The naira dropped against the United States dollar to 499 from 498 on Monday as lingering scarcity of the greenback continued to weigh down.
The local currency had reversed its Friday’s loss against the dollar and closed at 498/dollar while it hit 500/ dollar on Friday from 498/dollar it had recorded last Thursday.
This came about one week after the naira touched 500/dollar briefly and reserved back to 498/dollar.
The local currency had been stable against the greenback for about three weeks.
During the early hours trading on Monday, the naira traded flat at 500/dollar on the black market before closing at 498/dollar.
The external reserves rose to one-year high at $28.2bn on February 2, the Central Bank of Nigeria data showed on Monday.
On the official market, it was at 305.25/dollar, where it has been trading since last August.
The CBN had last week sold $660m in three and five-month currency forwards at an auction aimed at clearing a backlog of dollar demand.
But traders said it was not enough to satisfy the market.
“Despite rising FX reserves, it’s the amount of the FX that is supplied that matters. The parallel market, by its nature, is particularly sensitive to demand supply imbalances, and has a tendency to overshoot,” quoting the Head of Africa Research at Standard Chartered Bank, Razia Khan.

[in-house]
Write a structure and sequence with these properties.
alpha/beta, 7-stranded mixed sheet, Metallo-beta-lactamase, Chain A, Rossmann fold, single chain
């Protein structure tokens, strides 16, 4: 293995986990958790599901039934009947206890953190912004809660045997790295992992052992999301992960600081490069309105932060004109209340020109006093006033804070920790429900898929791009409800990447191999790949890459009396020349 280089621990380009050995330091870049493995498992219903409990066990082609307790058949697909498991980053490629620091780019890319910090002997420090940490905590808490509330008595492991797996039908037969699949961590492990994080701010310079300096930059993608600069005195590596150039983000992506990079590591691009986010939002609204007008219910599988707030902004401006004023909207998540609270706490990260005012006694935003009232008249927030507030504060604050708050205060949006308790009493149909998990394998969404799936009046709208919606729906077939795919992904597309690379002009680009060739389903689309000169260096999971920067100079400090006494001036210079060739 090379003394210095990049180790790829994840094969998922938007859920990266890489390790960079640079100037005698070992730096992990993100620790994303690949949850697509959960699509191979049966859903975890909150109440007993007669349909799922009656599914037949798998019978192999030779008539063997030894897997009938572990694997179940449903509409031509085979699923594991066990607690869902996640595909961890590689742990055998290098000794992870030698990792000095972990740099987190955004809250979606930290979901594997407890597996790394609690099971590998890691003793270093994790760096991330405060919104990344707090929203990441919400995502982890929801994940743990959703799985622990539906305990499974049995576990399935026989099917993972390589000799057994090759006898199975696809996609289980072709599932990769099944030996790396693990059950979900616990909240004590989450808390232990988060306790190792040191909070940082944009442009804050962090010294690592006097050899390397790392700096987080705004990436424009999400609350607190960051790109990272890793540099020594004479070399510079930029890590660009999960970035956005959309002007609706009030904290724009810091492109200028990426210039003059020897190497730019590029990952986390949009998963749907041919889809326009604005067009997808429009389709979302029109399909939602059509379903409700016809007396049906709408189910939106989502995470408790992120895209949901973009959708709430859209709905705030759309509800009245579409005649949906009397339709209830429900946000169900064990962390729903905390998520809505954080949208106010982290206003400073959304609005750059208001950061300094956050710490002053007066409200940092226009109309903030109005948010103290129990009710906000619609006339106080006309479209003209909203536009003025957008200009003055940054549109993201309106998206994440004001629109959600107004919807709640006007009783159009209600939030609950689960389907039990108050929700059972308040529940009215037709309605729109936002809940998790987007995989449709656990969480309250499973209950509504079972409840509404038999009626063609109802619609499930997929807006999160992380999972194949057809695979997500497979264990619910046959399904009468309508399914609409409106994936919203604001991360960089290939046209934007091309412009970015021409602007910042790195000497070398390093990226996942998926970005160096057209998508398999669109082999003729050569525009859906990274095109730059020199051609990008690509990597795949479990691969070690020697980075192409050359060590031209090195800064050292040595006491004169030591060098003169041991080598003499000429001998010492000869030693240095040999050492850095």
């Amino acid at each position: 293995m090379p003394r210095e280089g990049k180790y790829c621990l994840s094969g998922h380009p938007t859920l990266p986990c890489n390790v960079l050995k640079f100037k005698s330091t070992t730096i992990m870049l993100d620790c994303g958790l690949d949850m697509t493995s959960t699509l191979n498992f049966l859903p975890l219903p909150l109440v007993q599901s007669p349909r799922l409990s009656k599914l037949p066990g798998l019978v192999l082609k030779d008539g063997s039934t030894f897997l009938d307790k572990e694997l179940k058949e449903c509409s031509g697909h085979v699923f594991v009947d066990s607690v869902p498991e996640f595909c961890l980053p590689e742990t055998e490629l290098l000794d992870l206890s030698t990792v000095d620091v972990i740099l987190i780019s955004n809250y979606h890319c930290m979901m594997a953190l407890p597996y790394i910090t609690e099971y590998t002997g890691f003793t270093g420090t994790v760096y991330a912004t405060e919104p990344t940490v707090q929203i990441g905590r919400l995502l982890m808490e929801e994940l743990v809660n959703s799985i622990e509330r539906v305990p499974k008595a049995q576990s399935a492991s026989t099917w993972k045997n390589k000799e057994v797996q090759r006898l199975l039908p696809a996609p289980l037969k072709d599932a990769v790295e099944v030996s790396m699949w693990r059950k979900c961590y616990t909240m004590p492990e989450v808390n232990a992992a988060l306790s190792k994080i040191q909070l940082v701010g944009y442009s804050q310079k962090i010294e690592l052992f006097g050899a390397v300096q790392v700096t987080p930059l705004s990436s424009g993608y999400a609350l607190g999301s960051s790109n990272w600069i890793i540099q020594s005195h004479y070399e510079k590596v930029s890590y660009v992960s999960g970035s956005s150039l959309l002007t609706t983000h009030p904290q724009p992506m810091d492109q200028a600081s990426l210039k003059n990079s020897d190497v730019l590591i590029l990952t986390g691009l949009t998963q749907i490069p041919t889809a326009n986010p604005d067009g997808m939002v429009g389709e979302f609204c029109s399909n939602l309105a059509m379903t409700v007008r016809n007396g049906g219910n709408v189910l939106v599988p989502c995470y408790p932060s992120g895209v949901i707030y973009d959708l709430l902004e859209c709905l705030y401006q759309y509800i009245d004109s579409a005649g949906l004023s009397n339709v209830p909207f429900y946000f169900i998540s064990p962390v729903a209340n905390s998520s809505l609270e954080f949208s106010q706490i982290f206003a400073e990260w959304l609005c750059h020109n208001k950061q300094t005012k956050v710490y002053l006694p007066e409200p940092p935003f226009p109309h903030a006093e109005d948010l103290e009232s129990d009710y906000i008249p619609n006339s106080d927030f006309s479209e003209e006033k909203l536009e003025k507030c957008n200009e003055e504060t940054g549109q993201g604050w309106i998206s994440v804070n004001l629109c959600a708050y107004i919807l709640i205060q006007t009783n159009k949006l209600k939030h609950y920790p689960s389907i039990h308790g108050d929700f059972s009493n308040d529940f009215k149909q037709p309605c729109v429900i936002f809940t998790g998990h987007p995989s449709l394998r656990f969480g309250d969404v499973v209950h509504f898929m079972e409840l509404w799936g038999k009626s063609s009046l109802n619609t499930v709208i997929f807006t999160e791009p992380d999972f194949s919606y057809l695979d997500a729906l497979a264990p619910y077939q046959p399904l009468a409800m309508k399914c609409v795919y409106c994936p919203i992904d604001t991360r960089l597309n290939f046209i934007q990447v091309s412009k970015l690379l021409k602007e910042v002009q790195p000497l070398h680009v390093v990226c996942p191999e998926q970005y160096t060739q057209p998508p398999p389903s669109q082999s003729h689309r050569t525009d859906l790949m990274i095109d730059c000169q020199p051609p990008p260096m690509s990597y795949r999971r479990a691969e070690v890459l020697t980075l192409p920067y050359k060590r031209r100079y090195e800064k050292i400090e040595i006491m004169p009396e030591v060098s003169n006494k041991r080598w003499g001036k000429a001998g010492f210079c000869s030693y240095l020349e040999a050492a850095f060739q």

“Supply of FX matters more than any other factor,” she added.
Traders said the CBN had been selling dollars on the official market to support the naira, but dollar shortages were causing the local currency to weaken on the black market.
The naira lost a third of its official value against the dollar in 2016 after the CBN scrapped its peg for the currency, allowing the naira to float on the interbank market, in a bid to alleviate dollar shortages
On the Bureau de Change segment, the naira closed at N399/dollar, while the pound sterling and euro closed at N617 and N527, respectively.
Traders said that the scarcity of the greenback was far from being over.
The forex exchange reserves have gained more than $2bn in 2017, rising from $25.8bn on December 30, 2016 to $28.2bn on February 2, 2017.
Economic and financial experts are divided over the outlook for the naira this year.